The Legislature is in session, and that means many bills on many topics. Sometimes those include gambling bills. Senate Bill 1163 is one of those, although it is unusual in its approach. The proposal by Sen. Sonny Borrelli, R-Lake Havasu City, would allow sports betting operated by Indian tribes in bars and service club halls with remote devices.

The Navajo Nation backs the proposal, although other tribes that would benefit are objecting because they say the complex issue needs more discussion. It is difficult to argue with that point.

The tribes and Gov. Doug Ducey are discussing changes to tribal gaming compacts. Those govern the existing reservation casinos, and that is the proper place to air a major expansion of gambling in Arizona.

Borrelli’s bill carves out the Phoenix metro area because of a promise made in 2000 that gambling would not be expanded in the Phoenix region. About 100 sites would be located elsewhere. However, that kind of expansion without the metro area needs further evaluation.

The Navajos, in supporting the bill, cite a pending loss of jobs from the Navajo Generating Station and the fact that nearly half of residents already are unemployed. More than a third do not have electricity and running water. The tribe, which has not benefited from gaming as much as others because of its remote location, clearly needs an economic boost.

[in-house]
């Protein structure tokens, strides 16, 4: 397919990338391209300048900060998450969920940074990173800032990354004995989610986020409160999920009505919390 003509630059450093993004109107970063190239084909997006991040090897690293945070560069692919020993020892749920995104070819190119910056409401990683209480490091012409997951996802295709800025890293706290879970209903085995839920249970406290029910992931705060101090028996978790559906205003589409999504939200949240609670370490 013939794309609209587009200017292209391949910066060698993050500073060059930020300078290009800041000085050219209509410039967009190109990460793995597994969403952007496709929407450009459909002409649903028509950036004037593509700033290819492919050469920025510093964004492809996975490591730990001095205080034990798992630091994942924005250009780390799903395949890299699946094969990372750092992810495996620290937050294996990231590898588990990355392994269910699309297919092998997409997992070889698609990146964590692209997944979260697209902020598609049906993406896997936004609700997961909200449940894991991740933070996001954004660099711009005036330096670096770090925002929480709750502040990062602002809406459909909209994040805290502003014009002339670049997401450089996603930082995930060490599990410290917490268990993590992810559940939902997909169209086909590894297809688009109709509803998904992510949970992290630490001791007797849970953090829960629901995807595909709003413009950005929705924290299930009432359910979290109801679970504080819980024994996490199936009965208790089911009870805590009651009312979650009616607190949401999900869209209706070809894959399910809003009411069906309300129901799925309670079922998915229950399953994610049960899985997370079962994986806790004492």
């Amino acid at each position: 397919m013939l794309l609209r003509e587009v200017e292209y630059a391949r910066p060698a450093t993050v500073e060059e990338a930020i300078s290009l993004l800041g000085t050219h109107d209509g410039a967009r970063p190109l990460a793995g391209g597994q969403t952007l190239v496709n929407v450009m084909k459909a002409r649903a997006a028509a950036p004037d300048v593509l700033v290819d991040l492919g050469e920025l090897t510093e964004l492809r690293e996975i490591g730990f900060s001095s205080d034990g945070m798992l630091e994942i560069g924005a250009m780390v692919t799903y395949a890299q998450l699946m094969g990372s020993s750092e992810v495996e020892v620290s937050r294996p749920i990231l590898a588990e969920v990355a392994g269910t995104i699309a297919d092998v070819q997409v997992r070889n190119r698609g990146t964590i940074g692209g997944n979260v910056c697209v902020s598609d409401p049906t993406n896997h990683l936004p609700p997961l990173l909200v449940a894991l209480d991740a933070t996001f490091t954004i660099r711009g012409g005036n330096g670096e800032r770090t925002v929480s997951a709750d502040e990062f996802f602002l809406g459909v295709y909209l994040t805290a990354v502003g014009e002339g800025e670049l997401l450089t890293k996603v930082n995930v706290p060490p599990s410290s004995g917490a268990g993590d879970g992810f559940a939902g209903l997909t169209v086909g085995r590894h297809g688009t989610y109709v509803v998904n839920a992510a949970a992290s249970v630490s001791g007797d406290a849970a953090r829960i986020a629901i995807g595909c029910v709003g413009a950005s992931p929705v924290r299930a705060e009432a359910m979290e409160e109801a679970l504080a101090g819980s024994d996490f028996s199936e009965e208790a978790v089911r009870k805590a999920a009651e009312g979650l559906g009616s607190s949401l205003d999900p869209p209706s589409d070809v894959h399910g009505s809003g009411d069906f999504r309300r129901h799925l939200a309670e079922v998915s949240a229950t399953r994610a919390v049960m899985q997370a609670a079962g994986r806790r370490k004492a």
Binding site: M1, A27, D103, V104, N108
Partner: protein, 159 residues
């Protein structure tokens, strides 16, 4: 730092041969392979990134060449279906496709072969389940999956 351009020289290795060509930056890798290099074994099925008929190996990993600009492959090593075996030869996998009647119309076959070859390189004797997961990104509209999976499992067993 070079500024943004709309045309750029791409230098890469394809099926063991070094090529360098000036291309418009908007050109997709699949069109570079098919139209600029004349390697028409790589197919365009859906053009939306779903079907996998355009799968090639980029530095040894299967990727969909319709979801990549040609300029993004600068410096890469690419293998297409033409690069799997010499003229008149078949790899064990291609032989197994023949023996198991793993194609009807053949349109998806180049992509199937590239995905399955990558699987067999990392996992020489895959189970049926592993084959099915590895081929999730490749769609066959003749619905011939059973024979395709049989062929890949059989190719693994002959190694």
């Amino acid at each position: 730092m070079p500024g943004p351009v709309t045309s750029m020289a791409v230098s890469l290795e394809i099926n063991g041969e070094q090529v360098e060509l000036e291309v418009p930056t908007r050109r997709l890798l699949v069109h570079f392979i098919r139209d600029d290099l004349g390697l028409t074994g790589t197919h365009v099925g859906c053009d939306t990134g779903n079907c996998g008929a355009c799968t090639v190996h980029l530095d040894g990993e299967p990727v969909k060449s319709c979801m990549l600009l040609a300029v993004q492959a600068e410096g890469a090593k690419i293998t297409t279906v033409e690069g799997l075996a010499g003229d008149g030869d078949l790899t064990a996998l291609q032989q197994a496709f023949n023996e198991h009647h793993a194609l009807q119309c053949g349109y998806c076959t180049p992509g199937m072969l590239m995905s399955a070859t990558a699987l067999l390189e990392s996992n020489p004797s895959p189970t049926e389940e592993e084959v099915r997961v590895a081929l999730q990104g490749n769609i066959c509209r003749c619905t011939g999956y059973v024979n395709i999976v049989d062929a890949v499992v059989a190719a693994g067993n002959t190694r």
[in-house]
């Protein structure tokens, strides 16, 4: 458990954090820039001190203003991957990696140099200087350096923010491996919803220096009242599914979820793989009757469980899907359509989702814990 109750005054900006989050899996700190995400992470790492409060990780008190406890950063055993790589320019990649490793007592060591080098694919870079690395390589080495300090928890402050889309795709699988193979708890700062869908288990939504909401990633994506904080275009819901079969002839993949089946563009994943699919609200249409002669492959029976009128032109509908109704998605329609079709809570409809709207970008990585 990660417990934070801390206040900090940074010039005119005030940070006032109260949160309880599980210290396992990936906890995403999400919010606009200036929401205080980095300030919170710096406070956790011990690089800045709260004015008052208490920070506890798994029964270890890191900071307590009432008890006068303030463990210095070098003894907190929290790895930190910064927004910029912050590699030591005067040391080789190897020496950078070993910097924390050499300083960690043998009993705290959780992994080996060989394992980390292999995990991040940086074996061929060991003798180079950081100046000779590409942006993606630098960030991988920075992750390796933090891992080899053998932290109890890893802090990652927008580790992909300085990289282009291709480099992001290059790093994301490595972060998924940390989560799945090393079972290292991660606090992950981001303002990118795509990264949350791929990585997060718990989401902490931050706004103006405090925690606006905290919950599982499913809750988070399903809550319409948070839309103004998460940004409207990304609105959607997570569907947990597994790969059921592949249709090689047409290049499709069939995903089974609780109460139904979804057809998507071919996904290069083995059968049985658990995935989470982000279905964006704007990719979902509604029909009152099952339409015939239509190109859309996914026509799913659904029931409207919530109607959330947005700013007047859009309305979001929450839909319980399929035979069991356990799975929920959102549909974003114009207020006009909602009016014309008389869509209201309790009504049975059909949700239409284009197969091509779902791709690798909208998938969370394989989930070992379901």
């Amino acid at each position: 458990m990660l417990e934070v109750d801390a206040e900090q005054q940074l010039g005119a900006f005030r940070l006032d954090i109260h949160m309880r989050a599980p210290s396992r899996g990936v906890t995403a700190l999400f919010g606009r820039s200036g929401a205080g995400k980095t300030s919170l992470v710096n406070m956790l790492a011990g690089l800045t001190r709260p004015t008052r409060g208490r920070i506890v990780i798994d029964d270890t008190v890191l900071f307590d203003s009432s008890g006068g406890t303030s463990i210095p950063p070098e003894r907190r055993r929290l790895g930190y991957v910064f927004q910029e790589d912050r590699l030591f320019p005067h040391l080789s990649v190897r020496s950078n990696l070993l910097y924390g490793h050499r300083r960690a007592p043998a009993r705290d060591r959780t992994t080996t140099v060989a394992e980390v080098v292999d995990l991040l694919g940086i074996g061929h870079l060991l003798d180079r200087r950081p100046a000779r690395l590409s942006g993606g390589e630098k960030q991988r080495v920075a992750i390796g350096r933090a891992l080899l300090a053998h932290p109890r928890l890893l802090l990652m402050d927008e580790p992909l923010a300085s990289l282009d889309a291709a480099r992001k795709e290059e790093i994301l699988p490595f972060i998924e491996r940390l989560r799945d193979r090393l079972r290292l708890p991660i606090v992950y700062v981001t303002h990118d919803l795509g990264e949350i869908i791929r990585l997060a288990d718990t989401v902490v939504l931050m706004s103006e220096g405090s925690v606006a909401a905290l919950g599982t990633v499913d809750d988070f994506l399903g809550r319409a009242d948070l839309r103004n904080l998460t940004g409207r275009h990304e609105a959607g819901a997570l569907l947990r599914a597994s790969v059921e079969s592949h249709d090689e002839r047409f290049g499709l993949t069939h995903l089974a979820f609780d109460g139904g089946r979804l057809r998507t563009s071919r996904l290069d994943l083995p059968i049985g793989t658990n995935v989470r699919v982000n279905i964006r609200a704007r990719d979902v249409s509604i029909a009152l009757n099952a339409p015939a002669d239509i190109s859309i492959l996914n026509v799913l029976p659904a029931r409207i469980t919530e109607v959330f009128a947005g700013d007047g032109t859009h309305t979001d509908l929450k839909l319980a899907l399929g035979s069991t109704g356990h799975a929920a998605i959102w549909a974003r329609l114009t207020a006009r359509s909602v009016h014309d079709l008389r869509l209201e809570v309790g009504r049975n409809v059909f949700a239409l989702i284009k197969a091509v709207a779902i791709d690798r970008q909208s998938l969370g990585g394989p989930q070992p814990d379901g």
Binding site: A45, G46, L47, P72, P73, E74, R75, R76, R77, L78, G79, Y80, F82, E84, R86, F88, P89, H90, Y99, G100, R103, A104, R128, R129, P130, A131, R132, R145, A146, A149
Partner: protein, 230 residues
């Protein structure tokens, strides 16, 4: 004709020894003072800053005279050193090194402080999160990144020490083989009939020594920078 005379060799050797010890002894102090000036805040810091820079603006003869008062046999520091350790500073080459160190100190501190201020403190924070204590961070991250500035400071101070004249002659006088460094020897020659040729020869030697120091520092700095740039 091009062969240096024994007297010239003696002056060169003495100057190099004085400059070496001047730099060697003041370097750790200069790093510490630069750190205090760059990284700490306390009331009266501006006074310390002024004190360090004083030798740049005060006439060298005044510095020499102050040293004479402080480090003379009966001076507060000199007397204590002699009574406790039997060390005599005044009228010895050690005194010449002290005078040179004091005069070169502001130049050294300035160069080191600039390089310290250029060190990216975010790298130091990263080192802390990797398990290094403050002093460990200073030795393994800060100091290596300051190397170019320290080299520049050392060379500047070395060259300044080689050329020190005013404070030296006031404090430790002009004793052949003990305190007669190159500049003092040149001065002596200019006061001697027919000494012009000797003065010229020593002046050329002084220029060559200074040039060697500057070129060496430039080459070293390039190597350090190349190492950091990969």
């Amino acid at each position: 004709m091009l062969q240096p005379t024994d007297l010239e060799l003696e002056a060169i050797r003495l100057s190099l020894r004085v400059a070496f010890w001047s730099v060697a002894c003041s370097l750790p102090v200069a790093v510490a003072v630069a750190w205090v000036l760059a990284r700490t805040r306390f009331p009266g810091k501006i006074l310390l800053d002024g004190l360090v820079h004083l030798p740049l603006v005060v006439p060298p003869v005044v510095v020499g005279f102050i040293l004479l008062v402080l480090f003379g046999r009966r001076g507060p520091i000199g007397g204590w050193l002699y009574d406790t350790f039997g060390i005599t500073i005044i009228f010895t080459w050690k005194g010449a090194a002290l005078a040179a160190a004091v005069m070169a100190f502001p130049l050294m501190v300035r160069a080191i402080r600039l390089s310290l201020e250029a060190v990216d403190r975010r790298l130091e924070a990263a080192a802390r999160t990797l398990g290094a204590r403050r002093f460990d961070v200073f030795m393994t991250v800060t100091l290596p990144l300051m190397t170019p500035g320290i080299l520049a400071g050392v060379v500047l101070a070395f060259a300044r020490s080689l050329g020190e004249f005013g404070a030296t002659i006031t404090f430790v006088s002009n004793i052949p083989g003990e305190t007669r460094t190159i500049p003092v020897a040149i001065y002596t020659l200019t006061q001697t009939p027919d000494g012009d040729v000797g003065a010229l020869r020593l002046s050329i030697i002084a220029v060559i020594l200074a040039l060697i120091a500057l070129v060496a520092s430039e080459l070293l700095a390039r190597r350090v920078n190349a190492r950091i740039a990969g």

Also, veterans would benefit under the proposal. That seems desirable, but perhaps sports wagering is not the best way to aid vets because of the complexity that surrounds gambling.

There is no doubt that legalized gambling has helped Native Americans in Arizona, and those in Pinal County are no exception. The challenge always has been in limiting its expansion to avoid making it too available to problem gamblers and diluting its impact because more entities want to get in. A federal court decision now allows states to permit sports wagering. But the compact negotiations are the proper place to deal with that.

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